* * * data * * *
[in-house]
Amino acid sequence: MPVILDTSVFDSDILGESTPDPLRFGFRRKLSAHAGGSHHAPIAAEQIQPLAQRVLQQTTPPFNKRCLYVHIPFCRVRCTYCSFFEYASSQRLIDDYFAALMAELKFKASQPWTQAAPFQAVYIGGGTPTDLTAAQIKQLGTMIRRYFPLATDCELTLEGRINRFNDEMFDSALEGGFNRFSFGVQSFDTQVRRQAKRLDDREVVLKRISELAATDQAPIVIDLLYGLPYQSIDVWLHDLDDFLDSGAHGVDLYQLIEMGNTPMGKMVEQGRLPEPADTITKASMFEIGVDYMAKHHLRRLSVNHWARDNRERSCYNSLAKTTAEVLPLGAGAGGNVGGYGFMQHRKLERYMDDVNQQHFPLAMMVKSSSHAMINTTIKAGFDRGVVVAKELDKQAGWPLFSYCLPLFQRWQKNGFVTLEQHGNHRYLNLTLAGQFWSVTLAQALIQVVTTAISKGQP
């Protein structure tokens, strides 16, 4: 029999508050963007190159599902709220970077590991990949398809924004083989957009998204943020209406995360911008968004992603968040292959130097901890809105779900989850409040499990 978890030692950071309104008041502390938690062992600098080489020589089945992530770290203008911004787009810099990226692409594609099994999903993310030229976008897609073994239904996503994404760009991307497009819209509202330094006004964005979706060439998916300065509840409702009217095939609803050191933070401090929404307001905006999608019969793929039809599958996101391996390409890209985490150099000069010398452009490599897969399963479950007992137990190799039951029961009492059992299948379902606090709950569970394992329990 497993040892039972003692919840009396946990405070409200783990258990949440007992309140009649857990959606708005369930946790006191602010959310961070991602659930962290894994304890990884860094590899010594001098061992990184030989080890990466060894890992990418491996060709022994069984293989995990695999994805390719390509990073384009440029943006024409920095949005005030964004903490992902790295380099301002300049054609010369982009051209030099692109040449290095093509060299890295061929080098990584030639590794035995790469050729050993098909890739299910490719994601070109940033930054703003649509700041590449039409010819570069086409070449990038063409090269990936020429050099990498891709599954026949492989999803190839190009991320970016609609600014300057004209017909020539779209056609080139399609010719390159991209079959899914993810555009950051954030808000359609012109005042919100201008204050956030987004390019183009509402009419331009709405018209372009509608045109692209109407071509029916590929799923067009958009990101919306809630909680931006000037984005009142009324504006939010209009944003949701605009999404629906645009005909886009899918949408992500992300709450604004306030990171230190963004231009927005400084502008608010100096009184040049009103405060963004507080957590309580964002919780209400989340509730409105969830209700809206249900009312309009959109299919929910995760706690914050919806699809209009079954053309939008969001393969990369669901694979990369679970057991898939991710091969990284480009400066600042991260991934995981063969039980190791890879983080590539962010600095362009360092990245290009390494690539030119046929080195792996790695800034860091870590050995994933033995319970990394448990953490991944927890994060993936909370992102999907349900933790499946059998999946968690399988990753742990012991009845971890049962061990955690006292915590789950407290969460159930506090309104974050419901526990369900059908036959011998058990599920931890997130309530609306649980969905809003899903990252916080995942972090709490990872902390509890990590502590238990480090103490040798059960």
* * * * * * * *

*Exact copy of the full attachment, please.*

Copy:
[in-house]
Amino acid sequence: MPVILDTSVFDSDILGESTPDPLRFGFRRKLSAHAGGSHHAPIAAEQIQPLAQRVLQQTTPPFNKRCLYVHIPFCRVRCTYCSFFEYASSQRLIDDYFAALMAELKFKASQPWTQAAPFQAVYIGGGTPTDLTAAQIKQLGTMIRRYFPLATDCELTLEGRINRFNDEMFDSALEGGFNRFSFGVQSFDTQVRRQAKRLDDREVVLKRISELAATDQAPIVIDLLYGLPYQSIDVWLHDLDDFLDSGAHGVDLYQLIEMGNTPMGKMVEQGRLPEPADTITKASMFEIGVDYMAKHHLRRLSVNHWARDNRERSCYNSLAKTTAEVLPLGAGAGGNVGGYGFMQHRKLERYMDDVNQQHFPLAMMVKSSSHAMINTTIKAGFDRGVVVAKELDKQAGWPLFSYCLPLFQRWQKNGFVTLEQHGNHRYLNLTLAGQFWSVTLAQALIQVVTTAISKGQP
């Protein structure tokens, strides 16, 4: 029999508050963007190159599902709220970077590991990949398809924004083989957009998204943020209406995360911008968004992603968040292959130097901890809105779900989850409040499990 978890030692950071309104008041502390938690062992600098080489020589089945992530770290203008911004787009810099990226692409594609099994999903993310030229976008897609073994239904996503994404760009991307497009819209509202330094006004964005979706060439998916300065509840409702009217095939609803050191933070401090929404307001905006999608019969793929039809599958996101391996390409890209985490150099000069010398452009490599897969399963479950007992137990190799039951029961009492059992299948379902606090709950569970394992329990 497993040892039972003692919840009396946990405070409200783990258990949440007992309140009649857990959606708005369930946790006191602010959310961070991602659930962290894994304890990884860094590899010594001098061992990184030989080890990466060894890992990418491996060709022994069984293989995990695999994805390719390509990073384009440029943006024409920095949005005030964004903490992902790295380099301002300049054609010369982009051209030099692109040449290095093509060299890295061929080098990584030639590794035995790469050729050993098909890739299910490719994601070109940033930054703003649509700041590449039409010819570069086409070449990038063409090269990936020429050099990498891709599954026949492989999803190839190009991320970016609609600014300057004209017909020539779209056609080139399609010719390159991209079959899914993810555009950051954030808000359609012109005042919100201008204050956030987004390019183009509402009419331009709405018209372009509608045109692209109407071509029916590929799923067009958009990101919306809630909680931006000037984005009142009324504006939010209009944003949701605009999404629906645009005909886009899918949408992500992300709450604004306030990171230190963004231009927005400084502008608010100096009184040049009103405060963004507080957590309580964002919780209400989340509730409105969830209700809206249900009312309009959109299919929910995760706690914050919806699809209009079954053309939008969001393969990369669901694979990369679970057991898939991710091969990284480009400066600042991260991934995981063969039980190791890879983080590539962010600095362009360092990245290009390494690539030119046929080195792996790695800034860091870590050995994933033995319970990394448990953490991944927890994060993936909370992102999907349900933790499946059998999946968690399988990753742990012991009845971890049962061990955690006292915590789950407290969460159930506090309104974050419901526990369900059908036959011998058990599920931890997130309530609306649980969905809003899903990252916080995942972090709490990872902390509890990590502590238990480090103490040798059960």